Although preventive chemotherapy has been instrumental in reducing schistosomiasis incidence worldwide, serious challenges remain. These problems include the omission of certain groups from campaigns of mass drug administration, the existence of persistent disease hotspots, and the risk of recrudescent infections. Central to these challenges is the fact that the diagnostic tools currently used to establish the burden of infection are not sensitive enough, especially in low-endemic settings, which results in underestimation of the true prevalence of active Schistosoma spp infections. This central issue necessitates that the current schistosomiasis control strategies recommended by WHO are re-evaluated and, possibly, adapted. More targeted interventions and novel approaches have been used to estimate the prevalence of schistosomiasis, such as establishing infection burden by use of precision mapping, which provides high resolution spatial information that delineates variations in prevalence within a defined geographical area. Such information is instrumental in guiding targeted intervention campaigns. However, the need for highly accurate diagnostic tools in such strategies is a crucial factor that is often neglected. The availability of highly sensitive diagnostic tests also opens up the possibility of applying strategies of sample pooling to reduce the cost of control programmes. To interrupt the transmission of, and eventually eliminate, schistosomiasis, better local targeting of preventive chemotherapy, in combination with highly sensitive diagnostic tools, is crucial.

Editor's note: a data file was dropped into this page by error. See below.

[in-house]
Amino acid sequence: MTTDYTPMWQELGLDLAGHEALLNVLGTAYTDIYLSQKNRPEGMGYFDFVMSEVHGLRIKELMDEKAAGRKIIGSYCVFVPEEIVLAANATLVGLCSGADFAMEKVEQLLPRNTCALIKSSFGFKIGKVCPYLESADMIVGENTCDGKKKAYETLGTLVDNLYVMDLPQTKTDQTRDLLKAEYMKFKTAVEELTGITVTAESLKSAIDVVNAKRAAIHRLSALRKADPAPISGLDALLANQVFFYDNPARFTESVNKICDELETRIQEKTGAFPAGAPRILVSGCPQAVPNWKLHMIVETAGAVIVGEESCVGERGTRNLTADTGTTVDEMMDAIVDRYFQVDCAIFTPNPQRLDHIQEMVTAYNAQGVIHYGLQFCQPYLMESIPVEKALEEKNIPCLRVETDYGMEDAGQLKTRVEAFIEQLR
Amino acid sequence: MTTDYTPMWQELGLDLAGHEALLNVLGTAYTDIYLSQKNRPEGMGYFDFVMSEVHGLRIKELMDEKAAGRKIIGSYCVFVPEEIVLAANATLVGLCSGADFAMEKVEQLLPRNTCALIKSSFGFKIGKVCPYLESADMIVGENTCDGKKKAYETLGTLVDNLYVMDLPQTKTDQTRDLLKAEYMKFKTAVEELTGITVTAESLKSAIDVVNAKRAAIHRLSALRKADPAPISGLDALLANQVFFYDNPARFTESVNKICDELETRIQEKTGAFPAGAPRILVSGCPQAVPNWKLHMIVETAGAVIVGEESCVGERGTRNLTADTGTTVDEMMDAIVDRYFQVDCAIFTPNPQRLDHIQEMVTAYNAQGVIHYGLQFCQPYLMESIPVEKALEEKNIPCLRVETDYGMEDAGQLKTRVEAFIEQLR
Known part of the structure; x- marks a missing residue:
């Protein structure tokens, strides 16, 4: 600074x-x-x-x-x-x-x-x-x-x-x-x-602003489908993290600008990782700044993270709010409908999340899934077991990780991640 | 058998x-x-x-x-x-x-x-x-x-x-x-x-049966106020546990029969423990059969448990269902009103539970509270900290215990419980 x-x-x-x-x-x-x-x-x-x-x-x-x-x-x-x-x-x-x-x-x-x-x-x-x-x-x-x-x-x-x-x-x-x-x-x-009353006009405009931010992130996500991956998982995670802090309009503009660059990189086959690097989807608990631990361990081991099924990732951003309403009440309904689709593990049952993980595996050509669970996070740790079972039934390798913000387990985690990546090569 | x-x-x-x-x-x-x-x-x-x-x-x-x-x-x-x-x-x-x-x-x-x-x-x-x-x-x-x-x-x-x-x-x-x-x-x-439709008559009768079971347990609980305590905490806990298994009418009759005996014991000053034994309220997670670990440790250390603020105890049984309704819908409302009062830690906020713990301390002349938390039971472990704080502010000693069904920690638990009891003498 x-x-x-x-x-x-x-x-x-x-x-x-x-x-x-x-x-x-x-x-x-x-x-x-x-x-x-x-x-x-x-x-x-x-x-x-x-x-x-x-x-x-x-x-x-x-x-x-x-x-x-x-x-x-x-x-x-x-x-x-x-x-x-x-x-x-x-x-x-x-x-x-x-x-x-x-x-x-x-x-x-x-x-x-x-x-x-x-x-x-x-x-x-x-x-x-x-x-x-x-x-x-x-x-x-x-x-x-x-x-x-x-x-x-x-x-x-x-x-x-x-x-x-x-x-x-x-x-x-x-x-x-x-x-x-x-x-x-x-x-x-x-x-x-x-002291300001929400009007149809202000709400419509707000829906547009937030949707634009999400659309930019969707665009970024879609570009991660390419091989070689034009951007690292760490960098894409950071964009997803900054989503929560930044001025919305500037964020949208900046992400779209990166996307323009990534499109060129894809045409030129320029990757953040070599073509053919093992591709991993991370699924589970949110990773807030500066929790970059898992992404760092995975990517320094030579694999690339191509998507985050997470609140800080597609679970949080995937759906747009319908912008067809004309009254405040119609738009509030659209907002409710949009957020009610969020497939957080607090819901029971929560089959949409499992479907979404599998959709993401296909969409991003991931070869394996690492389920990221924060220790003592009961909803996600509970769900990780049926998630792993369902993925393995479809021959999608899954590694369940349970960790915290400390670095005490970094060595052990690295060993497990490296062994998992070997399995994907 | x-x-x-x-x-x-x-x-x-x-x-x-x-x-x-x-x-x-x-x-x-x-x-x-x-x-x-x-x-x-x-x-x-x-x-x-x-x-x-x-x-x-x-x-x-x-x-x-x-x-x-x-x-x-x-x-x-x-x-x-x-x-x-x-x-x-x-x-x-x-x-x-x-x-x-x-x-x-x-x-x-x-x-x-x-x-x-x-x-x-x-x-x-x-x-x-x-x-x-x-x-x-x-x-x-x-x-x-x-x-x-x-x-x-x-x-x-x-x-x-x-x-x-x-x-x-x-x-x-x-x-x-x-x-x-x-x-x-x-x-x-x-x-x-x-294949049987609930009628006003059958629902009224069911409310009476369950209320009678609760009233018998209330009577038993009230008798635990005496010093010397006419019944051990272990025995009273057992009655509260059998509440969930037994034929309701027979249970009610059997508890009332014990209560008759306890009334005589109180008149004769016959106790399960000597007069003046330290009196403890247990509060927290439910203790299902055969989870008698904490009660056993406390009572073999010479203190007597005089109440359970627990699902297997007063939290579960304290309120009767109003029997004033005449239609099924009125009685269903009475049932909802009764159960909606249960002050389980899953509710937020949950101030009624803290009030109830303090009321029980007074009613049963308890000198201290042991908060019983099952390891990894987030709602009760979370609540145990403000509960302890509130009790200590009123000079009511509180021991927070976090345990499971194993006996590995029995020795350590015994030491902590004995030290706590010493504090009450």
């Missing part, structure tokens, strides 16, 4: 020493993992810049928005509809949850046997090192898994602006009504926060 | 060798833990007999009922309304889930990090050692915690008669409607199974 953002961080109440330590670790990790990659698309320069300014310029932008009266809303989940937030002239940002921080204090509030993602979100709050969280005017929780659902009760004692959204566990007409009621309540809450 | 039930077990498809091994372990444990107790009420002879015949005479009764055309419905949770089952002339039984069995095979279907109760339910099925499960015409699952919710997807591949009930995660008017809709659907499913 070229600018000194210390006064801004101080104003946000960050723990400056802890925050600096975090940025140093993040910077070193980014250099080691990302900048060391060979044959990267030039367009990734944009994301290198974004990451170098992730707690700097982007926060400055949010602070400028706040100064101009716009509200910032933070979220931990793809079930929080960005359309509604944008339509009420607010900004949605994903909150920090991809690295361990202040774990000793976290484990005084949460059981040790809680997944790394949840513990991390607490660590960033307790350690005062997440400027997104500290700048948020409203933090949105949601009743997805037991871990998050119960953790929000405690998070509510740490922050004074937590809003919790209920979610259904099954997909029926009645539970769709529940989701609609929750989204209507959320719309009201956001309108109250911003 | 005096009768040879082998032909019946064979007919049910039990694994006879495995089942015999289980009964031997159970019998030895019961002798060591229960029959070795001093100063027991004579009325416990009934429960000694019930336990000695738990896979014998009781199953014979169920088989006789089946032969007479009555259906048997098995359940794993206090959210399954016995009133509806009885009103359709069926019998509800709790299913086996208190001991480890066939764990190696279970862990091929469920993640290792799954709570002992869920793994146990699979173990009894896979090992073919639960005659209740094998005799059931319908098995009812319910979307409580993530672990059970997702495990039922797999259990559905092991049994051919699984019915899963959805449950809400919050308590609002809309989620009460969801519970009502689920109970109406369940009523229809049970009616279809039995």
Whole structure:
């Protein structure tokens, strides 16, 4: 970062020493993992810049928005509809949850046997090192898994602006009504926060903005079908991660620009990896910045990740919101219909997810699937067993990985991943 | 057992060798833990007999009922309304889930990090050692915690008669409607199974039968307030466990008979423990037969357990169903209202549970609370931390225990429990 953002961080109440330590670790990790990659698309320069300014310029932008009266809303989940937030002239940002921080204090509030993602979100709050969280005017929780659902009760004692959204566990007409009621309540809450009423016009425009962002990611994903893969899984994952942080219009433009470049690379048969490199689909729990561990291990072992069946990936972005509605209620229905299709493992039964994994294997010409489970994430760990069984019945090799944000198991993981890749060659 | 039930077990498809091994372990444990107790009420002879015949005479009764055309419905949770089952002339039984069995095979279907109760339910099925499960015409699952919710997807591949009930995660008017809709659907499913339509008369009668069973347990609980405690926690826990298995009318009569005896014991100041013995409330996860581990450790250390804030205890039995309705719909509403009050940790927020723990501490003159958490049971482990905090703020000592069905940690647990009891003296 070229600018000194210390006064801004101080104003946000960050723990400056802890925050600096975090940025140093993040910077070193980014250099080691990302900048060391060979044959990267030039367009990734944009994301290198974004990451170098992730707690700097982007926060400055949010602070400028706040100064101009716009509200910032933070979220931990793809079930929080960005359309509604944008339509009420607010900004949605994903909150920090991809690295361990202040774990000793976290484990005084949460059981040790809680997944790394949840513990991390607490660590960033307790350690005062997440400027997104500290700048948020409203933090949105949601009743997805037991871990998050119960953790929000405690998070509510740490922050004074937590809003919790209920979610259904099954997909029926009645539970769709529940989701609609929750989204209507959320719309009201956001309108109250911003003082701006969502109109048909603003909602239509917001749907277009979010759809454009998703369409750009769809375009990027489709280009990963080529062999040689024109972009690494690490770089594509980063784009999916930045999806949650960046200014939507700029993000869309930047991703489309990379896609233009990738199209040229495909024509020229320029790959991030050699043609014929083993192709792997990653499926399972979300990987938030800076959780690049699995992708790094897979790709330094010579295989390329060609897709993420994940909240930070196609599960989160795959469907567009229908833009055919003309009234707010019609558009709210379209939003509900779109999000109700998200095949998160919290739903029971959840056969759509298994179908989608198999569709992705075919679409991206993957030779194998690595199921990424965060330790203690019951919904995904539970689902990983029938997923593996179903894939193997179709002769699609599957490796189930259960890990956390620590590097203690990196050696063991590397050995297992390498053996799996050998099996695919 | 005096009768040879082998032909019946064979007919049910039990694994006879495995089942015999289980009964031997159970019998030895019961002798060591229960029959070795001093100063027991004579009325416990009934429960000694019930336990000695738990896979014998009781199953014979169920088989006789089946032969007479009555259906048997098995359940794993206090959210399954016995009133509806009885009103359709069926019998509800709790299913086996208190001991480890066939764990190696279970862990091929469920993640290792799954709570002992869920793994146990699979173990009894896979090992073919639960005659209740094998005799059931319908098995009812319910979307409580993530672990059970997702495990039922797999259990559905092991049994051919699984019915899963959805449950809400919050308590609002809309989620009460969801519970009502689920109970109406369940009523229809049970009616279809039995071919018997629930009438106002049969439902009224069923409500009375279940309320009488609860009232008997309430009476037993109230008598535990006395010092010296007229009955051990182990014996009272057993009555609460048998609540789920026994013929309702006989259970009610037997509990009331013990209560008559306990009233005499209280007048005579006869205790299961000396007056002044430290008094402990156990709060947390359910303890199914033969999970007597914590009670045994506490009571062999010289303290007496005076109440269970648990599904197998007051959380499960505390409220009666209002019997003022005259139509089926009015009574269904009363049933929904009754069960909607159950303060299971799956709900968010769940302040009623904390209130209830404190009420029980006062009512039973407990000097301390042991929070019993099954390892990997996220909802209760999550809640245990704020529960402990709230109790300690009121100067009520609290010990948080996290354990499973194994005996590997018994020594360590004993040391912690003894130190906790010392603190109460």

Additional Metadata
Persistent URL dx.doi.org/10.1016/S1473-3099(20)30254-1, hdl.handle.net/1765/127214
Journal The Lancet Infectious Diseases
Citation
Amoah, A.S. (Abena S), Hoekstra, P.T. (Pytsje T), Casacuberta-Partal, M. (Miriam), Coffeng, L.E, Corstjens, P.L.A.M. (Paul L A M), Greco, B. (Beatrice), … van Dam, G.J. (Govert J). (2020). Sensitive diagnostic tools and targeted drug administration strategies are needed to eliminate schistosomiasis. The Lancet Infectious Diseases. doi:10.1016/S1473-3099(20)30254-1